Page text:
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March 5, 2005

Building Heaven, Remembering Earth: Confessions of a Fallen Architect, 1999

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Oliver Hockenhull's voluptuous, textural, and thematically (and experientially) dense essay film is an intricately constructed, stream-of-consciousness meditation on architecture, memory, immortality, and transcendence. Evoking the sprawling, trans-continental journals of the faceless, globe-trotting (metaphoric) time traveler and ethnographic filmmaker Sandor Krasna in Chris Marker's Sans soleil, Building Heaven, Remembering Earth: Confessions of a Fallen Architect is similarly infused with a certain wide-eyed curiosity and sense of adventure, thoughtfulness, and self-effacing humor.

From the film's introductory anecdote on the first book of architecture, a ten-volume documentation of buildings, machines, and timepieces, Hockenhull presents an implicit interconnection between architecture and time, both serving as materialized representations of projection, shadows, and geometric space. The analogy is subsequently developed in the filmmaker's exposition on the Pantheon in Rome as he reflects on the ancient structure's innate symmetry through negative projection for which the apparent structural complement - and therefore, its spatial negation - occurs at an intersection on an imaginary axis that is defined by infinity. The realization of imaginary intersections and approaching theoretical limits similarly provides the underlying concept for the Aquatic Pavilion in Neeltje Jans, Holland, an example of media architecture in which undulating, nodal mesh forms characterize the functional construct of the numerical data: the ideal form generated by a human-less, synthetic vision of empirical limits and discrete interpolations.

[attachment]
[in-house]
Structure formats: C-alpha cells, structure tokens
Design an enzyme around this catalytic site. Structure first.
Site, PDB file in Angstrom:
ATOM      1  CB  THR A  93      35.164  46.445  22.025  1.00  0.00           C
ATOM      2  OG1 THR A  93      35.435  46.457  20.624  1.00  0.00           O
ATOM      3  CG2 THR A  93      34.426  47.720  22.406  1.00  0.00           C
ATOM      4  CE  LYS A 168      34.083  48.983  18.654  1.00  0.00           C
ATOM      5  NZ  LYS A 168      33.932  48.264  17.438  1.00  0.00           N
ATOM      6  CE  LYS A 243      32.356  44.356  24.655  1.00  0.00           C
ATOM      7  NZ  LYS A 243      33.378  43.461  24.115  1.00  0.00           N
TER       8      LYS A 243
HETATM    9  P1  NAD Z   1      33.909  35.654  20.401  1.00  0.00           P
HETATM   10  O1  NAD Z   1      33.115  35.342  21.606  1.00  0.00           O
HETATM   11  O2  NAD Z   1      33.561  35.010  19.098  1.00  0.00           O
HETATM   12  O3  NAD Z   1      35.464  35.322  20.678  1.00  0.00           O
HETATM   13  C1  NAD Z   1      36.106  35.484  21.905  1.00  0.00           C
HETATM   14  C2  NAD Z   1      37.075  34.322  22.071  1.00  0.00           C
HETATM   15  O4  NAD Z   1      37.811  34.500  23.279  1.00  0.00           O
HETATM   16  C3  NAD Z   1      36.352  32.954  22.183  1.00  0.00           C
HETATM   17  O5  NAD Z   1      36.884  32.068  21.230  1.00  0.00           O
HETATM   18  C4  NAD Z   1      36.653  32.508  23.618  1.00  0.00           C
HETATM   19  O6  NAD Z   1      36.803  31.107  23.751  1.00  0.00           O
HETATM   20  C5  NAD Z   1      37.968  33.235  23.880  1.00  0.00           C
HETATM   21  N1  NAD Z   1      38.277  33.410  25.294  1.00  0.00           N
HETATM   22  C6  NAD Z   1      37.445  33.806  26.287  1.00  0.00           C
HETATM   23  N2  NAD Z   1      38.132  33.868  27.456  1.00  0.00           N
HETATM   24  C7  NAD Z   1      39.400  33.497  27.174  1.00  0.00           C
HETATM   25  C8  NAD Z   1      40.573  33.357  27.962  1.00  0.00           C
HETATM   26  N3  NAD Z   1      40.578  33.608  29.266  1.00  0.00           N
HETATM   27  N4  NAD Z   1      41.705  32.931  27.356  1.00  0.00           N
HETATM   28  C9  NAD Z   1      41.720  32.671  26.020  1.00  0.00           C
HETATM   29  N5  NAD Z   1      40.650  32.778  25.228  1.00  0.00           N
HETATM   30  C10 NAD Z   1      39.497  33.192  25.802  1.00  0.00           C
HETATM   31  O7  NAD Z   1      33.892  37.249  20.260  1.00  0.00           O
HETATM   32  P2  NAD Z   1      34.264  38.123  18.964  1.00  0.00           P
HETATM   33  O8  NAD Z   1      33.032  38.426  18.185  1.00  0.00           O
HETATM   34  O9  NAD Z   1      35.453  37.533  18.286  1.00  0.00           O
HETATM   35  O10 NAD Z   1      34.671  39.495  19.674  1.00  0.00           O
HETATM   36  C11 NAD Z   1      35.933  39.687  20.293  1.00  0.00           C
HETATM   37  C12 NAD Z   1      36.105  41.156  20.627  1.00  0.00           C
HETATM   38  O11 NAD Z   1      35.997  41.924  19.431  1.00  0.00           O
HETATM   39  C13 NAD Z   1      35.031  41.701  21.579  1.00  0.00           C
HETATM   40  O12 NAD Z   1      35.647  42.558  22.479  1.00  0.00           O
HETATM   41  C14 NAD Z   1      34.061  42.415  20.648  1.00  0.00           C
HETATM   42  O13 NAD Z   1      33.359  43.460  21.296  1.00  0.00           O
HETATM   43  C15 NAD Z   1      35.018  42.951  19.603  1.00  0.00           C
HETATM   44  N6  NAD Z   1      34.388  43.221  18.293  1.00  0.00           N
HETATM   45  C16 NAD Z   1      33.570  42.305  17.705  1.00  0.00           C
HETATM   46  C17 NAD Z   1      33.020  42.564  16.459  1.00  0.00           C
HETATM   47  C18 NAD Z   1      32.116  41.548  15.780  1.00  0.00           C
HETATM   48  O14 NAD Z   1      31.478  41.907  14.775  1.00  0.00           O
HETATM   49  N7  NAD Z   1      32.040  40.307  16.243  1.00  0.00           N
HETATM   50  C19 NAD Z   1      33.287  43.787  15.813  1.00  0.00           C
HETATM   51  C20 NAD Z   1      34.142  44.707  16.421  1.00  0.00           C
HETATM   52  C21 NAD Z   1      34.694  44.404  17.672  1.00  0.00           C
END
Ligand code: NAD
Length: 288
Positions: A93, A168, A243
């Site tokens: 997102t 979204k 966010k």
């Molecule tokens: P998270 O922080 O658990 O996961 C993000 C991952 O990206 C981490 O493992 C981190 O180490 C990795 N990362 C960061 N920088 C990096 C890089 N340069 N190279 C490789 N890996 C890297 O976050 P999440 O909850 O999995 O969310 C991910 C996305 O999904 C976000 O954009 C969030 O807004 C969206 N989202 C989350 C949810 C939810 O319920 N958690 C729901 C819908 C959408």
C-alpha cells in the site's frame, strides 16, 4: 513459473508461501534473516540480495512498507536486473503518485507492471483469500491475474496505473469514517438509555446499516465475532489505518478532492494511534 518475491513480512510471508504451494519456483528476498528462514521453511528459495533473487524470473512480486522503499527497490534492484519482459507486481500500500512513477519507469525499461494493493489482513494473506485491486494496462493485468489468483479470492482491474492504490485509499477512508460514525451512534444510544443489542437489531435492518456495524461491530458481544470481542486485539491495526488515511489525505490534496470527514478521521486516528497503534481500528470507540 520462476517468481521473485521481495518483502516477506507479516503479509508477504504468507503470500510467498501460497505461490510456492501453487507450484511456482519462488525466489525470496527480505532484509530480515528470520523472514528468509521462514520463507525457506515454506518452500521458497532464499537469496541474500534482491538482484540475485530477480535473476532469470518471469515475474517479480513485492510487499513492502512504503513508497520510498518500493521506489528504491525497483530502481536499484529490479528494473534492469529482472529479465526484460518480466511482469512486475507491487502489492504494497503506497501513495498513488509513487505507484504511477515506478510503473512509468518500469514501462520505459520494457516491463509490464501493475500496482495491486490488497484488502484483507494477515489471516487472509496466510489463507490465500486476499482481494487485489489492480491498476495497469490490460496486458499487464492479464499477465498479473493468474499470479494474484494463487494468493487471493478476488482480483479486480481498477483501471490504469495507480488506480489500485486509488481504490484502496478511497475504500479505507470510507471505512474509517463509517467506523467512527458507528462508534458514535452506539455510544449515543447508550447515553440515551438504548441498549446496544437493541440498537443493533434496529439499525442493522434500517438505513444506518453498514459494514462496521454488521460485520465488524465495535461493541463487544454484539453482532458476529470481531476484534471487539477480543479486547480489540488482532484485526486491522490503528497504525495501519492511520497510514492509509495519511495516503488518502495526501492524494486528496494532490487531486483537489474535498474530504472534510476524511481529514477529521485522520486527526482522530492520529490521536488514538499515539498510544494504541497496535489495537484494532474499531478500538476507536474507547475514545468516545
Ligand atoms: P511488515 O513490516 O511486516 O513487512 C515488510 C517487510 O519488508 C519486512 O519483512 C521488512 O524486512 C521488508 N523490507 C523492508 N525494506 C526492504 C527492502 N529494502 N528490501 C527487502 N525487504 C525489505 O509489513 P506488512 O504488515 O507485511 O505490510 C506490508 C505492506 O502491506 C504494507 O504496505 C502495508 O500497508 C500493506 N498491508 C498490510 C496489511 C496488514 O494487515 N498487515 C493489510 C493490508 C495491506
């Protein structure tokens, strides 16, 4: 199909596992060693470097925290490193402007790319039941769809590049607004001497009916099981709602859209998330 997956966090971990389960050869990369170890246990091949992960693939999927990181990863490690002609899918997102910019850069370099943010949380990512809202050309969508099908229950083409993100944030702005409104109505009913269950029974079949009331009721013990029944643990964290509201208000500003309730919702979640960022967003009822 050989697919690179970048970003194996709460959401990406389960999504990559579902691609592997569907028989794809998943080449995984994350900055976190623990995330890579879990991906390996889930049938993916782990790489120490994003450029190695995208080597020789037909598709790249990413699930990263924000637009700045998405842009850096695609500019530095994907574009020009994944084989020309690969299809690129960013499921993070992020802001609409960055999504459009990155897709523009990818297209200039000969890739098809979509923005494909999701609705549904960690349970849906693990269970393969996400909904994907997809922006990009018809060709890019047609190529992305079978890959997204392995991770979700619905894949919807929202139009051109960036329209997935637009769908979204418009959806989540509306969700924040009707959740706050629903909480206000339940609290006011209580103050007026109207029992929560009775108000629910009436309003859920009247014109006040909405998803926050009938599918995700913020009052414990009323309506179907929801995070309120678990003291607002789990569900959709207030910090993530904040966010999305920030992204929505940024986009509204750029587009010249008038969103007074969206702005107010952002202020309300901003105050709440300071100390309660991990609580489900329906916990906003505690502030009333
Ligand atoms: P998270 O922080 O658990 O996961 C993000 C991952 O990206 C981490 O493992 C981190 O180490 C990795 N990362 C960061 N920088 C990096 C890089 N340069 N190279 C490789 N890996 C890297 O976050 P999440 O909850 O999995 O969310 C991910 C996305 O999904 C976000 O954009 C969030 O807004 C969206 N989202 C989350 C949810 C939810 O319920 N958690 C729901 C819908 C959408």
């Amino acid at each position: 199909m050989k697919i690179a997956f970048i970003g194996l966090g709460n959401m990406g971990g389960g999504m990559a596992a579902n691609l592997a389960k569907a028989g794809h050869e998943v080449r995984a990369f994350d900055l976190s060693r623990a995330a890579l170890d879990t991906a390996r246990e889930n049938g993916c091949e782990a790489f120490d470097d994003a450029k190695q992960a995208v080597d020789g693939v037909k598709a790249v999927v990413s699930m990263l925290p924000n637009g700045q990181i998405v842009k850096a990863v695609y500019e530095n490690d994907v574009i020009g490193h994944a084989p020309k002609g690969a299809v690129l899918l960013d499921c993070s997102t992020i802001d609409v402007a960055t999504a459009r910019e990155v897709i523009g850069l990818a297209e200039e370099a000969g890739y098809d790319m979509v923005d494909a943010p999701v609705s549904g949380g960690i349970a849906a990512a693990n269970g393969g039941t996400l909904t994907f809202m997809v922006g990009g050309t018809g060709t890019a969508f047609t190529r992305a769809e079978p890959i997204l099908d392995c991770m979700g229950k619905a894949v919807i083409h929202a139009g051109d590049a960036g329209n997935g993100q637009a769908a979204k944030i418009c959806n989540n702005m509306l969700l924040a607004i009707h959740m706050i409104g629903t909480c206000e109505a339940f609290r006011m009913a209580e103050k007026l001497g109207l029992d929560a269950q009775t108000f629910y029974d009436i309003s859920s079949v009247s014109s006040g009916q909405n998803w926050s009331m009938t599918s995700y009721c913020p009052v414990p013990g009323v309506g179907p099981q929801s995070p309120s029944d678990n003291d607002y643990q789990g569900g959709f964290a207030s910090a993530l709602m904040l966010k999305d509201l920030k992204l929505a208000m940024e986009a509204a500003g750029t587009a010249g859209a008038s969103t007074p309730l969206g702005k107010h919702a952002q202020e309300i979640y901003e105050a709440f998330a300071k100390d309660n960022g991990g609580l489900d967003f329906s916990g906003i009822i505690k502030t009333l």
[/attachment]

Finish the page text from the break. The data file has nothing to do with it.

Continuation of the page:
Hockenhull further correlates the process of architectural construction as an innately human quest for immortality - a mortal bridge to the divine (note the thematic correlation to György's underlying futile search for the harmonies of the gods in Béla Tarr's Werckmeister Harmonies) - a rapture. It is this ephemeral state of artificially induced transcendence that is thematically threaded to the juxtaposition of images between a heroin addict and the somber, forbidden architecture of New Metropolis, an asymmetric and aesthetically nondescript behemoth commercial space projecting ominously from the industrial landscape of an Amsterdam harbor town, both representing a depersonalization of the individual: the erasure of the human element (which, in turn, expounds on the idea of architecture as a means of achieving closeness to gods).

In correlating the confluence of structure and time, Hockenhull characterizes architecture as commemorations of history. From a statue immortalizing the commander of the Dresden raid (a personally traumatic episode for Hockenhull's father that the filmmaker revisits in the short film Mother, Father, Son) to an examination of the works of artist and architect Karl Friedrich Schinkel, Hockenhull illustrates the inevitable bifurcation between the conceptually ideal - the "glowing painting of a reconciled world" - and the ravaged artifacts of human history (most notably, in the bullet-ridden pillars of the New Watch Building and the variegated rubble used to line the perimeter of a summer house in postwar, suburban Berlin). It is this corruption and decay of the ideal that is encapsulated in the utilitarian history of the Prince Albrecht Palais, a stately residence later transformed as a headquarters for intelligence gathering and dissemination of propaganda by the Nazis.